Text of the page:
Wednesday, November 25, 2009


Tomorrow being Thanksgiving, it seems we should reflect on the tradition of feasting. One of my friends tells me his extended family is going to Golden Corral for their Thanksgiving feast. Certainly, they will have access to a far greater volume of food there than will grace my table tomorrow. If feasting means volume, they win.

On the other hand, I'm guessing that even with his best efforts, my friend's feast will be over in about 30 minutes. I'm trying to figure out ways to draw my feasting out as long as possible. Unfortunately, we won't have any kids to dinner this year, but that also means we can drag it out more without snarfing. One idea is to serve corn nibblets one at a time. Just kidding, it hasn't come to that. But I am setting out a meat and cheese tray for grazing in the late morning. We have an edam, a brie, a chevre, an aged spanish raw goatsmilk, a French compte, a raw milk cheese from local Beehive Cheese, and a raw milk farmhouse cheddar that I made (less than 30 days!). My brother is bringing a blue stilton and an apricot stilton. Part of how I define feasting is staggering variety.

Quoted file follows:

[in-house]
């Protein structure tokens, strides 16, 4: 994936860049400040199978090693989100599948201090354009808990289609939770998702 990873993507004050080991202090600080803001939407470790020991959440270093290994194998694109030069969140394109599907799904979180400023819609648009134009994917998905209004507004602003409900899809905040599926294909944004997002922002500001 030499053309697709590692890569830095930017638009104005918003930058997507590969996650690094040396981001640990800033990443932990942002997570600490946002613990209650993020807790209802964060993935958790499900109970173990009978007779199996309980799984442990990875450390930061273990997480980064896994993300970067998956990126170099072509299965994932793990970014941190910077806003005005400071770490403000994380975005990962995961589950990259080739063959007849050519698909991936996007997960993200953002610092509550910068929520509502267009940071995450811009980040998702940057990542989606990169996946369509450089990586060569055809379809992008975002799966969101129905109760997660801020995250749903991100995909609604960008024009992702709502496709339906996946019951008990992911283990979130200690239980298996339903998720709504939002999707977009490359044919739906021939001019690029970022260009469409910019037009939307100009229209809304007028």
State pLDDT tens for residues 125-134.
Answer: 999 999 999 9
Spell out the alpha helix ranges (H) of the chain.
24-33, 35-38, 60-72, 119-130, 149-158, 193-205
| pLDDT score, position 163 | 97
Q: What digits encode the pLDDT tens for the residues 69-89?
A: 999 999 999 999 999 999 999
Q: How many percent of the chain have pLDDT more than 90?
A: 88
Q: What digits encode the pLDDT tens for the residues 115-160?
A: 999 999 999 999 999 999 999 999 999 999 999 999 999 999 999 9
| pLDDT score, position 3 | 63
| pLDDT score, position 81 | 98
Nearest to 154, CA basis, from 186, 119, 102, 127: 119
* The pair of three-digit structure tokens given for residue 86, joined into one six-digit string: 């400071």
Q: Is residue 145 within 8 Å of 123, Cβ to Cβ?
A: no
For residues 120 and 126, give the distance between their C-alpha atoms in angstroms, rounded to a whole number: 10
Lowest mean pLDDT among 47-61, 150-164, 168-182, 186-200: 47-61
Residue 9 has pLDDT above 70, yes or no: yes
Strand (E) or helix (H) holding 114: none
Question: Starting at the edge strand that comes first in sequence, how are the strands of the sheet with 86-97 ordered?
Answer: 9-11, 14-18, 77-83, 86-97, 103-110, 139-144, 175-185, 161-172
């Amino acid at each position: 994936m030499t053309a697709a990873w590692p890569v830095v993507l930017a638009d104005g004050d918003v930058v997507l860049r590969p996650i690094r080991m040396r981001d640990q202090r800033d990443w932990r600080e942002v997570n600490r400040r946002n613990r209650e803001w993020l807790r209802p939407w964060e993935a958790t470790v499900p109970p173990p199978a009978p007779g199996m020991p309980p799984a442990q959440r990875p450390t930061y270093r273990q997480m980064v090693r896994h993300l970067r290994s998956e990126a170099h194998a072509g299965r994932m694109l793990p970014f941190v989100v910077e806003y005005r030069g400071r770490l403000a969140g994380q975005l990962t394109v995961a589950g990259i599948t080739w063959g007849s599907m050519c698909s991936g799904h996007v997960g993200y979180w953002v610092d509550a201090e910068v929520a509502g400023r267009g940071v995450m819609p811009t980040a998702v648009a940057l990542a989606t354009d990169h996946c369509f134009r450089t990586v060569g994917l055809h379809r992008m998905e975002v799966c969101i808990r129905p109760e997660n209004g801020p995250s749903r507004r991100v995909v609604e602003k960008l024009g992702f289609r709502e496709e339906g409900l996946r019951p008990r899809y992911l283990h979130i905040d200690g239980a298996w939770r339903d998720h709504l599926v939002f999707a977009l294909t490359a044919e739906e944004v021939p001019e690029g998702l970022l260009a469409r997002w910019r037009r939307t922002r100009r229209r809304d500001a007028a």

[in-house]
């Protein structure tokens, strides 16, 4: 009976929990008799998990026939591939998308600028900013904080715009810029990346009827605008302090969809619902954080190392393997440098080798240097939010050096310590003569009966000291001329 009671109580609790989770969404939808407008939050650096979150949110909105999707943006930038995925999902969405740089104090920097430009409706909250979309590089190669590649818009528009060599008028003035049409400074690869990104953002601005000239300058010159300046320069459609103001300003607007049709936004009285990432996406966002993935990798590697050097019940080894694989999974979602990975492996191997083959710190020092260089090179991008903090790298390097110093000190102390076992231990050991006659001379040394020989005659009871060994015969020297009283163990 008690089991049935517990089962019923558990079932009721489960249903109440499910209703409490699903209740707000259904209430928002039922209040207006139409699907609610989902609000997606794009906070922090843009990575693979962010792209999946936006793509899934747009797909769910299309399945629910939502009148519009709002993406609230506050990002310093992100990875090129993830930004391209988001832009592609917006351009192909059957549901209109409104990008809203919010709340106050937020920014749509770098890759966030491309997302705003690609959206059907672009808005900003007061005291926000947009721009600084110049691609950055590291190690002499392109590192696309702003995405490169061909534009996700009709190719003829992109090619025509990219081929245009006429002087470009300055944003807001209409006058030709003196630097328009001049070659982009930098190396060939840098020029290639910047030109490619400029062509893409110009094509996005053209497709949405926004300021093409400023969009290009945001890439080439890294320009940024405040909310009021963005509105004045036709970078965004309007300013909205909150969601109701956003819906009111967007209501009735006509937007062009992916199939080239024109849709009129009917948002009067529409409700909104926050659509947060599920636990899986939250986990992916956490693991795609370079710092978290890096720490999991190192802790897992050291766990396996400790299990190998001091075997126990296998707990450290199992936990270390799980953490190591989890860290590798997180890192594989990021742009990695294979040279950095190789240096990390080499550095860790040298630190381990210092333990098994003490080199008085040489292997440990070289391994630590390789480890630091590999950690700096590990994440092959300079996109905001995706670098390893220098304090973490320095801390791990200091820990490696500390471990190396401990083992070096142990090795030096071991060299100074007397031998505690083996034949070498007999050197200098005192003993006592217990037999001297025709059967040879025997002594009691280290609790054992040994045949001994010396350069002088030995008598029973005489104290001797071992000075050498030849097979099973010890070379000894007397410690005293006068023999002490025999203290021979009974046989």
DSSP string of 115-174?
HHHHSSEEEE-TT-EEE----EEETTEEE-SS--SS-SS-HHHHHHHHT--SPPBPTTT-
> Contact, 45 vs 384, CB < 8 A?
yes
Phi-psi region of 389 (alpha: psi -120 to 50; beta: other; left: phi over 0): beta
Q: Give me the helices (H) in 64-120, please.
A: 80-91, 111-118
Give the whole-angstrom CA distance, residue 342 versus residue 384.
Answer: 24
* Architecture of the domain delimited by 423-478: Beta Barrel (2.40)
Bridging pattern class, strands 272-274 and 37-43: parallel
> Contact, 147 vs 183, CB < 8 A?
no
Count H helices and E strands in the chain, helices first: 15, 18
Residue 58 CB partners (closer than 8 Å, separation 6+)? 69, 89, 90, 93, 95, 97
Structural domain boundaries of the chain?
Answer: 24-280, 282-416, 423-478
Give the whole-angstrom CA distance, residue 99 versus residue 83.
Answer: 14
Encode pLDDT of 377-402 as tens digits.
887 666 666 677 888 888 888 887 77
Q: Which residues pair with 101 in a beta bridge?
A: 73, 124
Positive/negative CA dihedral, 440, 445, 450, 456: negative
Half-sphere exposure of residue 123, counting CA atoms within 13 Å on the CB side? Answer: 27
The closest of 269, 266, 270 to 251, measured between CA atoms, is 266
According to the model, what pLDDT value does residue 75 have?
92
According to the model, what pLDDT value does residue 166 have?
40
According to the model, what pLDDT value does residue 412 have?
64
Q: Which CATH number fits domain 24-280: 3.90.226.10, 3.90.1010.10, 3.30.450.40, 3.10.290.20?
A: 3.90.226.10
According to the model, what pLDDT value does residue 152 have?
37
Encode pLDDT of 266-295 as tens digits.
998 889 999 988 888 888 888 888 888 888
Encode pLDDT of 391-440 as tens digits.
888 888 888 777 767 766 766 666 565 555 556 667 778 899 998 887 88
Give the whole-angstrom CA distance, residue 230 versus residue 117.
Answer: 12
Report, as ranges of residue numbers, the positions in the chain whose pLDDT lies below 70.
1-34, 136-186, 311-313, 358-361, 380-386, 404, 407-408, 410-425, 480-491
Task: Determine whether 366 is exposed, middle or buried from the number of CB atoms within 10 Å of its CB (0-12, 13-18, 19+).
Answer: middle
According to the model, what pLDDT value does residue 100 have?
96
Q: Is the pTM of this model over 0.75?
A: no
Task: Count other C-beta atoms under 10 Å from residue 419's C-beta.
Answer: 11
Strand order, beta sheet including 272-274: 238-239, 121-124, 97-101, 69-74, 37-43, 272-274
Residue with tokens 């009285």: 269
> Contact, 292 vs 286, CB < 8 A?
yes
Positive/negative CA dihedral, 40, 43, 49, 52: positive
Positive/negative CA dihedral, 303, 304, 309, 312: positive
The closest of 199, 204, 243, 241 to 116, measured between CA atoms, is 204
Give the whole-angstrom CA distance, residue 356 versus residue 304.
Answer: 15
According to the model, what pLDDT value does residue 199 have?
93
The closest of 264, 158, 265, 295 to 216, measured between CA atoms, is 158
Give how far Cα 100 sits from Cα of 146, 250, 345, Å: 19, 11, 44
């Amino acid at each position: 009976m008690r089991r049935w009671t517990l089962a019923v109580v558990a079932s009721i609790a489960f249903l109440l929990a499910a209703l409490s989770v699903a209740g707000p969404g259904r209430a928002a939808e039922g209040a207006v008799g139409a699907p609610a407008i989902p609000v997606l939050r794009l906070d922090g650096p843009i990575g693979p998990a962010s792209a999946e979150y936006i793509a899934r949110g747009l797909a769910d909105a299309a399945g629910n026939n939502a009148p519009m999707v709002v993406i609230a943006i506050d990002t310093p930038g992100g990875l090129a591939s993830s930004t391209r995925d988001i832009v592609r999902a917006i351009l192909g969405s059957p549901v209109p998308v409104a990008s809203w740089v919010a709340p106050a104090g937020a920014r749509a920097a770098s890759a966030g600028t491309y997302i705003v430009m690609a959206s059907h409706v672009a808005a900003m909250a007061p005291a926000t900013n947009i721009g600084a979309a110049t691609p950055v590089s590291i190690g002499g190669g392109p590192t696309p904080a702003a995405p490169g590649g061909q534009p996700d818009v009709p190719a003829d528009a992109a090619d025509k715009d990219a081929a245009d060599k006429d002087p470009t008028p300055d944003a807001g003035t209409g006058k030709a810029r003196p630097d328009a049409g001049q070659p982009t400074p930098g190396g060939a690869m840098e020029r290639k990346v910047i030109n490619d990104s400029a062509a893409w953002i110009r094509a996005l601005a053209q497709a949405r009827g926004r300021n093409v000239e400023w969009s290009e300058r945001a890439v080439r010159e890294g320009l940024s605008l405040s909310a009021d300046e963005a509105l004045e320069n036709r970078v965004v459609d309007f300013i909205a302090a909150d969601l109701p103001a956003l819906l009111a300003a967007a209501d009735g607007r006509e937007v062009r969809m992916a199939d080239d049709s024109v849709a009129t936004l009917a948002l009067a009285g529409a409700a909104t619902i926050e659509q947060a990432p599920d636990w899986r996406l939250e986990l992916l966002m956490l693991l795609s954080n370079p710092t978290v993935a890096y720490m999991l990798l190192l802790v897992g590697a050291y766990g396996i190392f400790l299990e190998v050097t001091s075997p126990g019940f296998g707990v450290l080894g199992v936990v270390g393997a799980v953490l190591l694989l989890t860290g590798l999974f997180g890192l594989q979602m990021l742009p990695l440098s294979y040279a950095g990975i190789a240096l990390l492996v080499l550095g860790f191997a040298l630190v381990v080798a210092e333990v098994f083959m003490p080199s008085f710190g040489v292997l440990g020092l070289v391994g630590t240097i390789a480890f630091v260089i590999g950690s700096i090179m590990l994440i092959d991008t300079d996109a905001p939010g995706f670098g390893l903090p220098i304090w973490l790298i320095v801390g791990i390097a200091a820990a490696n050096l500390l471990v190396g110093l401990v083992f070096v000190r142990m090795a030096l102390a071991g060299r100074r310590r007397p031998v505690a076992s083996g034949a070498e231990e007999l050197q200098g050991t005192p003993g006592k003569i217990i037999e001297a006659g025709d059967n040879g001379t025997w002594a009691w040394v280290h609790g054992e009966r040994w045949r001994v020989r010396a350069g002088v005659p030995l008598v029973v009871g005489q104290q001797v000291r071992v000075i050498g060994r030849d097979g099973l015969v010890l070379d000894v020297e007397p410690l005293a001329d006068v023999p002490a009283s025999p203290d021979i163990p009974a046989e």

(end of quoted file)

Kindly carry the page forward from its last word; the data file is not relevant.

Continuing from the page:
I'm also doing a soup course to lengthen the meal. Part of feasting for me means a lengthy marathon, leisurely for hours. For the soup, I wanted to do something light and fresh so we don't get too full too fast. Can you guess what we're having? Yup, its miso soup. It seems like a bit of a departure for a traditional Thanksgiving, but if we just use fish stock with no seafood, and green onions with tempura crisps, it should match well enough.

Of course we have to keep some traditional elements. In the past I've always made carrot pudding for dessert, served steaming hot with a lemon sauce and melting ice cream. Absolutely divine! But since I discovered a plum pudding recipe dating back 7 generations in my family, we must do that. It directs to be served with a hard sauce made with creamed butter, sugar and brandy. I've posted that recipe here previously, so check the archives.

I guess what I'm saying is that tomorrow we have a chance to do something wonderful with food and social interaction. We get to make it all happen in a way we don't have very many times otherwise. I'm excited! (Aren't you?)


lara said...

Your blog rocks! I just discovered it, and will immediately link it. Your cheese platter sounds amazing, and I love the idea of "staggering variety", too, but am not quite organized enough to pull that off myself.

Brock said...

Thanks lara! I'm glad you found us here. And even more glad that you left a comment. I would really like this to become a conversation, and not just my one-sided rantings. Thanks!

FabFrugalFood said...

LOve your blog!

I am one of those "Utah Mormons" and have a food blog. Would love to do some collaborating sometime with you - maybe we could work together updating some pioneer recipes for use in real modern kitchens? That way, we could preserve the "memory" as well as provide modern delicious-ness!

Check out my blog sometime:

Donna Kelly